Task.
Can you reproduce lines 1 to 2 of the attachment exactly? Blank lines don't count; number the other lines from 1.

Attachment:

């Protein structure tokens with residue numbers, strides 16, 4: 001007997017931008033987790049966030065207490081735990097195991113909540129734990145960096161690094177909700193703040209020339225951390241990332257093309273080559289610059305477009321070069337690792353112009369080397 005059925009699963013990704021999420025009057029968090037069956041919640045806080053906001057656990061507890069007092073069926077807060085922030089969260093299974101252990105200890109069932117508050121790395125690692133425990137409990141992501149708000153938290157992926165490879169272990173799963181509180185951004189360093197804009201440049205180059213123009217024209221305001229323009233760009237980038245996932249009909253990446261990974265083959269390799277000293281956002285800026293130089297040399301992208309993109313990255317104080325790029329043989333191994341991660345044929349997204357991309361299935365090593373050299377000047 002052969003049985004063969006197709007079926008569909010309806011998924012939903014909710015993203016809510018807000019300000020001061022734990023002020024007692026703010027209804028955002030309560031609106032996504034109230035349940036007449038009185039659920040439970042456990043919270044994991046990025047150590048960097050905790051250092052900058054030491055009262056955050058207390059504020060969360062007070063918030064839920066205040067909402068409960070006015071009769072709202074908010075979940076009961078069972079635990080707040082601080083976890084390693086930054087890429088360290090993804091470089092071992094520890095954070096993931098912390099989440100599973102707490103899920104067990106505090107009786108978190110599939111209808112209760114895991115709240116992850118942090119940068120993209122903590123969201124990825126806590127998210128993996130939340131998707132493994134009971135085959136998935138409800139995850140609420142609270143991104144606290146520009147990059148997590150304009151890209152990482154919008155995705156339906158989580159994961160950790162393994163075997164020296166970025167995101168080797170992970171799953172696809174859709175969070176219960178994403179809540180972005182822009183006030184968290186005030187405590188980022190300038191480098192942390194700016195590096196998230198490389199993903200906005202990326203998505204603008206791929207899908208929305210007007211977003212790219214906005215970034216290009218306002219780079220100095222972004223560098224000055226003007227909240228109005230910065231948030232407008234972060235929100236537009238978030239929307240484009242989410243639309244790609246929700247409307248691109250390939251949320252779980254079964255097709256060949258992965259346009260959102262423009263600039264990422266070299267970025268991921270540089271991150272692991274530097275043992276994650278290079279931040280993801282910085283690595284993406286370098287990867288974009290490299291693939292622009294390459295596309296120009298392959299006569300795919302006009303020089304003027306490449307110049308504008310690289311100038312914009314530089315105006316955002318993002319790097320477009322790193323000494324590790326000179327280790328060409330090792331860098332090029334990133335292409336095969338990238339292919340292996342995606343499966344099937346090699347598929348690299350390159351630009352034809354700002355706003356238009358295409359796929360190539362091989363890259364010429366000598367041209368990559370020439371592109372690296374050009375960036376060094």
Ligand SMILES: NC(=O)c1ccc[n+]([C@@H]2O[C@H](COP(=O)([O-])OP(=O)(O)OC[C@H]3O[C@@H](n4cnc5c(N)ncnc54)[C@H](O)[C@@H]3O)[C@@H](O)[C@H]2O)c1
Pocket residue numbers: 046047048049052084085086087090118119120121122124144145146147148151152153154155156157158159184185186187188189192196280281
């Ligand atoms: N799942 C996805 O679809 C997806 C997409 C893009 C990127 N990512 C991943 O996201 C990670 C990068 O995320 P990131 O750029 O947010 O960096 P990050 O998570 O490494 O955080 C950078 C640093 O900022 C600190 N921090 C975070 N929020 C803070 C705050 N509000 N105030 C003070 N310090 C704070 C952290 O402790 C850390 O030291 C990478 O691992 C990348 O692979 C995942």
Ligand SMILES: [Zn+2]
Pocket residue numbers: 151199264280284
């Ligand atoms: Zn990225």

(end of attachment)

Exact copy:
């Protein structure tokens with residue numbers, strides 16, 4: 001007997017931008033987790049966030065207490081735990097195991113909540129734990145960096161690094177909700193703040209020339225951390241990332257093309273080559289610059305477009321070069337690792353112009369080397 005059925009699963013990704021999420025009057029968090037069956041919640045806080053906001057656990061507890069007092073069926077807060085922030089969260093299974101252990105200890109069932117508050121790395125690692133425990137409990141992501149708000153938290157992926165490879169272990173799963181509180185951004189360093197804009201440049205180059213123009217024209221305001229323009233760009237980038245996932249009909253990446261990974265083959269390799277000293281956002285800026293130089297040399301992208309993109313990255317104080325790029329043989333191994341991660345044929349997204357991309361299935365090593373050299377000047 002052969003049985004063969006197709007079926008569909010309806011998924012939903014909710015993203016809510018807000019300000020001061022734990023002020024007692026703010027209804028955002030309560031609106032996504034109230035349940036007449038009185039659920040439970042456990043919270044994991046990025047150590048960097050905790051250092052900058054030491055009262056955050058207390059504020060969360062007070063918030064839920066205040067909402068409960070006015071009769072709202074908010075979940076009961078069972079635990080707040082601080083976890084390693086930054087890429088360290090993804091470089092071992094520890095954070096993931098912390099989440100599973102707490103899920104067990106505090107009786108978190110599939111209808112209760114895991115709240116992850118942090119940068120993209122903590123969201124990825126806590127998210128993996130939340131998707132493994134009971135085959136998935138409800139995850140609420142609270143991104144606290146520009147990059148997590150304009151890209152990482154919008155995705156339906158989580159994961160950790162393994163075997164020296166970025167995101168080797170992970171799953172696809174859709175969070176219960178994403179809540180972005182822009183006030184968290186005030187405590188980022190300038191480098192942390194700016195590096196998230198490389199993903200906005202990326203998505204603008206791929207899908208929305210007007211977003212790219214906005215970034216290009218306002219780079220100095222972004223560098224000055226003007227909240228109005230910065231948030232407008234972060235929100236537009238978030239929307240484009242989410243639309244790609246929700247409307248691109250390939251949320252779980254079964255097709256060949258992965259346009260959102262423009263600039264990422266070299267970025268991921270540089271991150272692991274530097275043992276994650278290079279931040280993801282910085283690595284993406286370098287990867288974009290490299291693939292622009294390459295596309296120009298392959299006569300795919302006009303020089304003027306490449307110049308504008310690289311100038312914009314530089315105006316955002318993002319790097320477009322790193323000494324590790326000179327280790328060409330090792331860098332090029334990133335292409336095969338990238339292919340292996342995606343499966344099937346090699347598929348690299350390159351630009352034809354700002355706003356238009358295409359796929360190539362091989363890259364010429366000598367041209368990559370020439371592109372690296374050009375960036376060094």
Ligand SMILES: NC(=O)c1ccc[n+]([C@@H]2O[C@H](COP(=O)([O-])OP(=O)(O)OC[C@H]3O[C@@H](n4cnc5c(N)ncnc54)[C@H](O)[C@@H]3O)[C@@H](O)[C@H]2O)c1